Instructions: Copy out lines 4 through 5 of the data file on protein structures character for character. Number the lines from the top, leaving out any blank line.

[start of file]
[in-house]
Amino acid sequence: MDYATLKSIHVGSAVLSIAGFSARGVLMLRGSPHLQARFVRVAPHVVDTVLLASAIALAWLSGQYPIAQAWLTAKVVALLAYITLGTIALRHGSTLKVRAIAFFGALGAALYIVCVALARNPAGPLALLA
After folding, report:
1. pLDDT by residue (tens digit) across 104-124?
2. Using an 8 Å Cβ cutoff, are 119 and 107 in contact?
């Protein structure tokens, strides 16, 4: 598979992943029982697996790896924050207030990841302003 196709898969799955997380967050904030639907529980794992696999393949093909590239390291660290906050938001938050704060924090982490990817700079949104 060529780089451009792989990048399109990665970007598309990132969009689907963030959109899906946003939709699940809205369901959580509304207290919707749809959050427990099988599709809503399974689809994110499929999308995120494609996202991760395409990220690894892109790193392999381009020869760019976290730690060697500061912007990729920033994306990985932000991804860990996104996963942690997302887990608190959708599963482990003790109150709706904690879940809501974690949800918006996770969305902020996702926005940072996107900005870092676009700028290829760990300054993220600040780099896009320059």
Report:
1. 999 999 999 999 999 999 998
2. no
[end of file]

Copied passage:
1. pLDDT by residue (tens digit) across 104-124?
2. Using an 8 Å Cβ cutoff, are 119 and 107 in contact?